They also need to sustain the resources required to find, persuade and inform the millions of knitters and crocheters throughout the world to contribute, so that they put tens of thousands of blankets on the children next year. To warm just the 500 children a day who become orphans in South Africa would need several million squares!.


You can find the details of how you can donate on the website www.knit-a-square.com and you can aslo subscribe to their newsletter Square Circle. As your squares arrive, they are collected, sorted and bundled into blanket packs by the KasCare Volunteers They then organise sewing and distribution days which are recorded in the Square Circle, so you can see and enjoy the results of your wonderful work.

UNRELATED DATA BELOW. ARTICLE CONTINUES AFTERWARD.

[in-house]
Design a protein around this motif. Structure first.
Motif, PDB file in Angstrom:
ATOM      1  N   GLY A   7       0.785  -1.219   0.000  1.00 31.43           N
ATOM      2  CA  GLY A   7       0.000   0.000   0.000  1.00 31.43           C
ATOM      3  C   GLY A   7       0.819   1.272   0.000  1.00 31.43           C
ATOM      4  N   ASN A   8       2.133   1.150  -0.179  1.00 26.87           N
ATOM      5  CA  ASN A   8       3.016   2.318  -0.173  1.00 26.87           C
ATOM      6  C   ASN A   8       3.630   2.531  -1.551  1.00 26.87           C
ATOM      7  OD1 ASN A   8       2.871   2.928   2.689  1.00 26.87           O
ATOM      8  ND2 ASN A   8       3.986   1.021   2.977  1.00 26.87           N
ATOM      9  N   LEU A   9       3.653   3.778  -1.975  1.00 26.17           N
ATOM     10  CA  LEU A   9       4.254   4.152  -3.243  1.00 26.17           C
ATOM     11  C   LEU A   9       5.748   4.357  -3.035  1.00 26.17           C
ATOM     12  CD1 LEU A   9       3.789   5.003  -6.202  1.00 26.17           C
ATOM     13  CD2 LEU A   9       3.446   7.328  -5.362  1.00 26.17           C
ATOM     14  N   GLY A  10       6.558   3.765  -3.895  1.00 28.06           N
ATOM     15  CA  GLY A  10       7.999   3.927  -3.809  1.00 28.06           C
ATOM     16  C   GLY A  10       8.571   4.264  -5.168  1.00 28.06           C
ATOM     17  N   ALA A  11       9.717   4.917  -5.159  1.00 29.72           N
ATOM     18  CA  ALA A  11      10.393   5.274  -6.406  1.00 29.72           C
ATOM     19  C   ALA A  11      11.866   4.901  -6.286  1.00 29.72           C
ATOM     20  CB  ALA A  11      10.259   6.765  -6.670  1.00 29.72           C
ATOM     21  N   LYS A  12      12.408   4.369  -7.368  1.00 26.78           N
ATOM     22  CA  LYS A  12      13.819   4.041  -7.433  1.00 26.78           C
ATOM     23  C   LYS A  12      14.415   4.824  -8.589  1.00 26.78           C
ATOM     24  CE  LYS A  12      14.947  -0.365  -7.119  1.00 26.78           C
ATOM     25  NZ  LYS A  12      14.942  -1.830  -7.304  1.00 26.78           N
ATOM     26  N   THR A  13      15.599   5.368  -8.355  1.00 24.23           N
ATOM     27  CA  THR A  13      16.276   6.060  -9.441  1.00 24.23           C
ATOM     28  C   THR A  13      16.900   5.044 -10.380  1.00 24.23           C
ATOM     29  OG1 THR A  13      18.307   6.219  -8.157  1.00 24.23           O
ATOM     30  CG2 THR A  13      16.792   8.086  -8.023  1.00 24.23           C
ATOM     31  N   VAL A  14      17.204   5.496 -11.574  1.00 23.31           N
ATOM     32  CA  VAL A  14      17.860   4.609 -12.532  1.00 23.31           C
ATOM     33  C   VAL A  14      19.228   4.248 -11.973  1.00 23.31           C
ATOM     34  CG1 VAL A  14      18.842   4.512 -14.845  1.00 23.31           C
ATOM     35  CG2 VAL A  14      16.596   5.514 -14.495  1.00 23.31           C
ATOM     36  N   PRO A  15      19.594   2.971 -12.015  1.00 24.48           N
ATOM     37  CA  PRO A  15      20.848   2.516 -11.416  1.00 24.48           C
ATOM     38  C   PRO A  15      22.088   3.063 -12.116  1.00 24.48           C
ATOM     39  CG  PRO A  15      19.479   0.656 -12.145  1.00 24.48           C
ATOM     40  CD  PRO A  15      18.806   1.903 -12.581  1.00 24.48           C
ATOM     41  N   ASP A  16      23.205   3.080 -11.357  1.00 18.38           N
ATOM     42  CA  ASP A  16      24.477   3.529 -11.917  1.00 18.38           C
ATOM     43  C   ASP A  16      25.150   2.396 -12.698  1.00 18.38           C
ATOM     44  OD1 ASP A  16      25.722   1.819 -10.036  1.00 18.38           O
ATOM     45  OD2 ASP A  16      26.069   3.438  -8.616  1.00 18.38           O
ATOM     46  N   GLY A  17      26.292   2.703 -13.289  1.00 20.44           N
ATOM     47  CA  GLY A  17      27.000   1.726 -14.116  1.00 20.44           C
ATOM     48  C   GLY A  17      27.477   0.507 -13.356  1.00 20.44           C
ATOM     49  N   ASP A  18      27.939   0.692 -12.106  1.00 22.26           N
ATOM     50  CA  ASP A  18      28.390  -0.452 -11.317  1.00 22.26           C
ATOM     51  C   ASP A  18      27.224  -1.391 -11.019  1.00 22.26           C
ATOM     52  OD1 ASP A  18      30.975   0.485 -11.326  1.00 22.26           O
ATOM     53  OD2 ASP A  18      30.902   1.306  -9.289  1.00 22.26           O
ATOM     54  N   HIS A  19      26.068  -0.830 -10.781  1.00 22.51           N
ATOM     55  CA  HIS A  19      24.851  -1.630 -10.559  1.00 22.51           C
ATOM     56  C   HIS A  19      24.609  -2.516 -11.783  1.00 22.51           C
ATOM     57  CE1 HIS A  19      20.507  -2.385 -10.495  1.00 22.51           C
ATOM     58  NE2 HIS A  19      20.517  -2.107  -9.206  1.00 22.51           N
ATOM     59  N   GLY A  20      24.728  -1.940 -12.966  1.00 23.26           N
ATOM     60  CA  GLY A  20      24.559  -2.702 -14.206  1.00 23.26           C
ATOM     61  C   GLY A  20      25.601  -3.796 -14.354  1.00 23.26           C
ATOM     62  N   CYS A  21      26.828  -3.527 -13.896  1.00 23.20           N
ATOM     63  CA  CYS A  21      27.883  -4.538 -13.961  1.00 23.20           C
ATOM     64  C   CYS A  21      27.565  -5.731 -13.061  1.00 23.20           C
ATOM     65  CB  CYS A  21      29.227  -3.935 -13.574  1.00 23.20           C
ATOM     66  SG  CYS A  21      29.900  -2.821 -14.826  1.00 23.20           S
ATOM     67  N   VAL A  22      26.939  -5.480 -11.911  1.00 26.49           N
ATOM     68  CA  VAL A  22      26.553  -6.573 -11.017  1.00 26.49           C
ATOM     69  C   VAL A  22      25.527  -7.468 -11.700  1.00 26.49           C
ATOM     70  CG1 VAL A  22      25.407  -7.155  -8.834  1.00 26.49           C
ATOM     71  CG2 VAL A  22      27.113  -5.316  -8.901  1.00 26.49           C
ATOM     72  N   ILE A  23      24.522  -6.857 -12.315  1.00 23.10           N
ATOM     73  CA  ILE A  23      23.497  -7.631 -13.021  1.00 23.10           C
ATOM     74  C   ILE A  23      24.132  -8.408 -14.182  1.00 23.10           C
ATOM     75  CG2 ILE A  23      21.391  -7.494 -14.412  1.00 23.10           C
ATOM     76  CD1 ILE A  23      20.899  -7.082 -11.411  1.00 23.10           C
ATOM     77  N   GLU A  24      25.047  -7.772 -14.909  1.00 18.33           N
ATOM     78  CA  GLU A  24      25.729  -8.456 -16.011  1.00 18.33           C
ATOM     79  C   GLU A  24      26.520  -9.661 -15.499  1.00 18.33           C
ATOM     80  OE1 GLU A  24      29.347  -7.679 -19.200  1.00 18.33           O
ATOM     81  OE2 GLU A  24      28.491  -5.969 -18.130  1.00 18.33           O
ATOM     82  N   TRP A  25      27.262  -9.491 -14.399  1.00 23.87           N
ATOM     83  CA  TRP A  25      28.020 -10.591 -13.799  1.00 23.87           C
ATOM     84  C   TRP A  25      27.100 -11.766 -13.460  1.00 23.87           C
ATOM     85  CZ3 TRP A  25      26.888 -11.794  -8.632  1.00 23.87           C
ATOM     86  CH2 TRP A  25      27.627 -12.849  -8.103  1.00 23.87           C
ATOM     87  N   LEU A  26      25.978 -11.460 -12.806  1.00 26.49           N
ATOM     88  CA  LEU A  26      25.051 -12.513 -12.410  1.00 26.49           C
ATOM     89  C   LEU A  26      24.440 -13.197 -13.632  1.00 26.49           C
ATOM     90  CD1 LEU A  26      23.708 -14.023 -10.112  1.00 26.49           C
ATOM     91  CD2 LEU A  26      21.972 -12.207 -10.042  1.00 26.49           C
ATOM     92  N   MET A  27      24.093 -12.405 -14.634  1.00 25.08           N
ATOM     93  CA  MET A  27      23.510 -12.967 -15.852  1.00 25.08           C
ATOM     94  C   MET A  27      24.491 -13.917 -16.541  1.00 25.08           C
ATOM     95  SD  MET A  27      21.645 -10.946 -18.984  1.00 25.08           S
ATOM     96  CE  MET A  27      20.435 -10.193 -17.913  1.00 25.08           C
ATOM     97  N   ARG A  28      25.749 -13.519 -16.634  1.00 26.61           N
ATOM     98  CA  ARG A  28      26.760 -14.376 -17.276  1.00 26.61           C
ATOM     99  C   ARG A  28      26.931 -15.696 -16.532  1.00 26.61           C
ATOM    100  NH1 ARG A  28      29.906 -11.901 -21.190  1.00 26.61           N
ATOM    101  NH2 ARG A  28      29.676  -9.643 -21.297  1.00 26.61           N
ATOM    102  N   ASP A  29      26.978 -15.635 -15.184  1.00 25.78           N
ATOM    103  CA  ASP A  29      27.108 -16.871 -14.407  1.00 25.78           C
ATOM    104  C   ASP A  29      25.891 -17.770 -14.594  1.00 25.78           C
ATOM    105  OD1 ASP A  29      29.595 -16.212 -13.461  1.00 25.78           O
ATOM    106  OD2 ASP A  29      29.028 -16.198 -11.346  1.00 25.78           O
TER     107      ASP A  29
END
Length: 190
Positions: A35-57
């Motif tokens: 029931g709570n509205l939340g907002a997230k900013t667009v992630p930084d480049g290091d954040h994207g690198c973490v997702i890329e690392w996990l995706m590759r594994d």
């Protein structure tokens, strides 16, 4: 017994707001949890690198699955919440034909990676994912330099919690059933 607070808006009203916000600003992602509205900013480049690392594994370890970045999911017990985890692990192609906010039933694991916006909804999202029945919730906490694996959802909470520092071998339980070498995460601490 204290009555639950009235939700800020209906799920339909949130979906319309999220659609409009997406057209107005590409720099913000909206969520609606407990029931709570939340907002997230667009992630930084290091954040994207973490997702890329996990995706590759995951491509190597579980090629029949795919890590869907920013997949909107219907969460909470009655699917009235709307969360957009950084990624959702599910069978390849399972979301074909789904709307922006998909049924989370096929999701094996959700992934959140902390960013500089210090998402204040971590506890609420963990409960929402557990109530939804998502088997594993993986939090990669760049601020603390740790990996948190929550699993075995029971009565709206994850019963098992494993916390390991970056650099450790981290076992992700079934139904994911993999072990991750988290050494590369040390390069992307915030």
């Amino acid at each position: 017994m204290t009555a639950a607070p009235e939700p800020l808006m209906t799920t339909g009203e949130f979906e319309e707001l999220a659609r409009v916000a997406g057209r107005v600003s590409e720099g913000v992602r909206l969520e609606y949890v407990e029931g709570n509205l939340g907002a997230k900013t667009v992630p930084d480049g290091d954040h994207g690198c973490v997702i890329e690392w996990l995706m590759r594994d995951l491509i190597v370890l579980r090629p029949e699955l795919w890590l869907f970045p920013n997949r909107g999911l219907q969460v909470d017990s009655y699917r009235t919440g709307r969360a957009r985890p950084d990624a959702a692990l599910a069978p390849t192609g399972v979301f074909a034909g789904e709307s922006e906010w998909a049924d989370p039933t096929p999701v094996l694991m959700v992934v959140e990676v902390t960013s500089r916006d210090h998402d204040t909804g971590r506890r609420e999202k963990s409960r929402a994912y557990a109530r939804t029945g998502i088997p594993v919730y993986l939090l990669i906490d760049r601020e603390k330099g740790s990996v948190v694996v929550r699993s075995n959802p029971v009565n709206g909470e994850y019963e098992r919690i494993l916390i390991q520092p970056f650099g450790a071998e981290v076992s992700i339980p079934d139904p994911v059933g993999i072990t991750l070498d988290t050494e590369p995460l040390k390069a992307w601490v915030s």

Every 14 seconds a child will become an orphan!

We all understand how awful it is to be cold, but many of us have not experienced the misery of being cold all night, every night, hungry, and perhaps sick as well. Many of the children are themselves infected by HIV AIDS. As it is an auto immune disease, keeping warm helps their ability to stay well.

Keeping a child with HIV AIDS warm is vital

Please help if you can.

www.knit-a-square.com
www.facebook.com/knitasquare